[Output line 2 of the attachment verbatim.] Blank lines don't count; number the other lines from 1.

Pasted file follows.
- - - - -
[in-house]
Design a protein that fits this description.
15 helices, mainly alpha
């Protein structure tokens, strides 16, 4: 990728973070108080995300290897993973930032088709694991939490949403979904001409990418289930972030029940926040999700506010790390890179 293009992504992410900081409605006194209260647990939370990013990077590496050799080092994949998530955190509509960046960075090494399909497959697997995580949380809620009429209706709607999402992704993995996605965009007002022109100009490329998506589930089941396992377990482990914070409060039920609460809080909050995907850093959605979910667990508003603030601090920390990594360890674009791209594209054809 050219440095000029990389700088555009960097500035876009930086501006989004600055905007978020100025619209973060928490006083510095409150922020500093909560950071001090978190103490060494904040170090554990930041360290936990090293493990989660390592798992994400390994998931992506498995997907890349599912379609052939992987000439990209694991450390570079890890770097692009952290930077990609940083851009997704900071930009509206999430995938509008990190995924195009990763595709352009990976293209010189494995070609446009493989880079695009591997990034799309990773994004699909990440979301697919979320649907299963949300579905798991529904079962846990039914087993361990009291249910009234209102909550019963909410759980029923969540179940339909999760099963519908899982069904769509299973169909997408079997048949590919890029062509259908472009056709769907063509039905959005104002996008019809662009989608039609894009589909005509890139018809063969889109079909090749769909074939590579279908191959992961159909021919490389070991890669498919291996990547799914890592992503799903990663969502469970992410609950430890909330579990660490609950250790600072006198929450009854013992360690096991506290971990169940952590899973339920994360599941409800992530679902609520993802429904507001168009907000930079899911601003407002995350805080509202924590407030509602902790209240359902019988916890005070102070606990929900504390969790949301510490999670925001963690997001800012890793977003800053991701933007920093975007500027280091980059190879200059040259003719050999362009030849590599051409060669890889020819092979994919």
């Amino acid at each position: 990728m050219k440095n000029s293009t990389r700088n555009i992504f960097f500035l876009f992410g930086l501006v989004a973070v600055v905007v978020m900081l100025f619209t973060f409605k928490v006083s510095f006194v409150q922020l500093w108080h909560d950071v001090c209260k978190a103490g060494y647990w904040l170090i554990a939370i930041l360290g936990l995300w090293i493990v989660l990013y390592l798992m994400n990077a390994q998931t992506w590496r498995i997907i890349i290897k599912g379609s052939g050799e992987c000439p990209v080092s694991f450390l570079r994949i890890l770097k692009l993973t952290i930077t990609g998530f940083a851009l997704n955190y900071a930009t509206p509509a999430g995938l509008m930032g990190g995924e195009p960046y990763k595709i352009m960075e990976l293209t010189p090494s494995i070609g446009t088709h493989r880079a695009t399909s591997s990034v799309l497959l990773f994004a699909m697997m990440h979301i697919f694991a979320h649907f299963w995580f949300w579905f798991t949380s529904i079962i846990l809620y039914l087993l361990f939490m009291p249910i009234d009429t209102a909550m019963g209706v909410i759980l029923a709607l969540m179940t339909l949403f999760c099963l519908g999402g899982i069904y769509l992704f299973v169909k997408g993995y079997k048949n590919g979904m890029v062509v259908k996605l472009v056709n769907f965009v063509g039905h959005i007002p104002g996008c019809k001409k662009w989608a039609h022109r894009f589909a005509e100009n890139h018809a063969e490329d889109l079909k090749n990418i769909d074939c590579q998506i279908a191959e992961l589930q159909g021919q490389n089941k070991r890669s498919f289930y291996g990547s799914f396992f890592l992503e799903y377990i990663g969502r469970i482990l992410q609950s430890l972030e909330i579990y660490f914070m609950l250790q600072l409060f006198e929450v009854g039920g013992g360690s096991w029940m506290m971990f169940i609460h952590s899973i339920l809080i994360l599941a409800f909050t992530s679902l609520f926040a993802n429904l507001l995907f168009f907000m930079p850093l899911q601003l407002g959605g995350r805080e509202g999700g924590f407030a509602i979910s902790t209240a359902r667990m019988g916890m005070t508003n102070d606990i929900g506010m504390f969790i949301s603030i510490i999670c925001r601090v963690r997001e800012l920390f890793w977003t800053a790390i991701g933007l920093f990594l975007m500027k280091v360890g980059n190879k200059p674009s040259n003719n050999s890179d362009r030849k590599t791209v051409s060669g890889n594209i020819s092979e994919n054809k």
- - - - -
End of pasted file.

Design a protein that fits this description.